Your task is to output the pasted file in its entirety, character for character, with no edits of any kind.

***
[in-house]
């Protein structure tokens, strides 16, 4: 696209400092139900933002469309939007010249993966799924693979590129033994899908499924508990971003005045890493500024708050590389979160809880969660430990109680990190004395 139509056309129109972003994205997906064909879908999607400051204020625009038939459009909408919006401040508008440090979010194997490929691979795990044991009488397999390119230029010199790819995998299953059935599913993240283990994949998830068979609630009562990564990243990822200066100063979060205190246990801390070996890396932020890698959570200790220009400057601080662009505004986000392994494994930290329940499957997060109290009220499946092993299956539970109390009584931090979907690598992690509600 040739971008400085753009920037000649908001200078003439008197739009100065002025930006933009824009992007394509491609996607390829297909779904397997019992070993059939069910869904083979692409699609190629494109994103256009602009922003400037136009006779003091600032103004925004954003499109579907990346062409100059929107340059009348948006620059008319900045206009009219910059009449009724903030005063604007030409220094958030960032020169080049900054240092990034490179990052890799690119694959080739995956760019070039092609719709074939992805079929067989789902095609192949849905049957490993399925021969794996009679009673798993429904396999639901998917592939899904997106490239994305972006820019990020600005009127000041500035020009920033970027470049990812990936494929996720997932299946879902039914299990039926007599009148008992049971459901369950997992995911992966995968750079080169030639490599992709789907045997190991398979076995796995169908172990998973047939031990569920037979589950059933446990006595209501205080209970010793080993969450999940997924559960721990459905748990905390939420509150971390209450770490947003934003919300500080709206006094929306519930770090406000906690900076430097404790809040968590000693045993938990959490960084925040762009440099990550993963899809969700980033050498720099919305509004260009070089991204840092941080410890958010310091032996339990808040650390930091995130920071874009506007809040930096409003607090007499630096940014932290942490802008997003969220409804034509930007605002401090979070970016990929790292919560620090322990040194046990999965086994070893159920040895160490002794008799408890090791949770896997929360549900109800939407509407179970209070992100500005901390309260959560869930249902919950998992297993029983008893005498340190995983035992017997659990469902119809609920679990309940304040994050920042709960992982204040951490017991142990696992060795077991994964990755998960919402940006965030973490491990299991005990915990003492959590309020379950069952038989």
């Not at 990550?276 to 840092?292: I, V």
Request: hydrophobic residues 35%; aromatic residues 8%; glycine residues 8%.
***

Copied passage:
[in-house]
């Protein structure tokens, strides 16, 4: 696209400092139900933002469309939007010249993966799924693979590129033994899908499924508990971003005045890493500024708050590389979160809880969660430990109680990190004395 139509056309129109972003994205997906064909879908999607400051204020625009038939459009909408919006401040508008440090979010194997490929691979795990044991009488397999390119230029010199790819995998299953059935599913993240283990994949998830068979609630009562990564990243990822200066100063979060205190246990801390070996890396932020890698959570200790220009400057601080662009505004986000392994494994930290329940499957997060109290009220499946092993299956539970109390009584931090979907690598992690509600 040739971008400085753009920037000649908001200078003439008197739009100065002025930006933009824009992007394509491609996607390829297909779904397997019992070993059939069910869904083979692409699609190629494109994103256009602009922003400037136009006779003091600032103004925004954003499109579907990346062409100059929107340059009348948006620059008319900045206009009219910059009449009724903030005063604007030409220094958030960032020169080049900054240092990034490179990052890799690119694959080739995956760019070039092609719709074939992805079929067989789902095609192949849905049957490993399925021969794996009679009673798993429904396999639901998917592939899904997106490239994305972006820019990020600005009127000041500035020009920033970027470049990812990936494929996720997932299946879902039914299990039926007599009148008992049971459901369950997992995911992966995968750079080169030639490599992709789907045997190991398979076995796995169908172990998973047939031990569920037979589950059933446990006595209501205080209970010793080993969450999940997924559960721990459905748990905390939420509150971390209450770490947003934003919300500080709206006094929306519930770090406000906690900076430097404790809040968590000693045993938990959490960084925040762009440099990550993963899809969700980033050498720099919305509004260009070089991204840092941080410890958010310091032996339990808040650390930091995130920071874009506007809040930096409003607090007499630096940014932290942490802008997003969220409804034509930007605002401090979070970016990929790292919560620090322990040194046990999965086994070893159920040895160490002794008799408890090791949770896997929360549900109800939407509407179970209070992100500005901390309260959560869930249902919950998992297993029983008893005498340190995983035992017997659990469902119809609920679990309940304040994050920042709960992982204040951490017991142990696992060795077991994964990755998960919402940006965030973490491990299991005990915990003492959590309020379950069952038989």
């Not at 990550?276 to 840092?292: I, V």
Request: hydrophobic residues 35%; aromatic residues 8%; glycine residues 8%.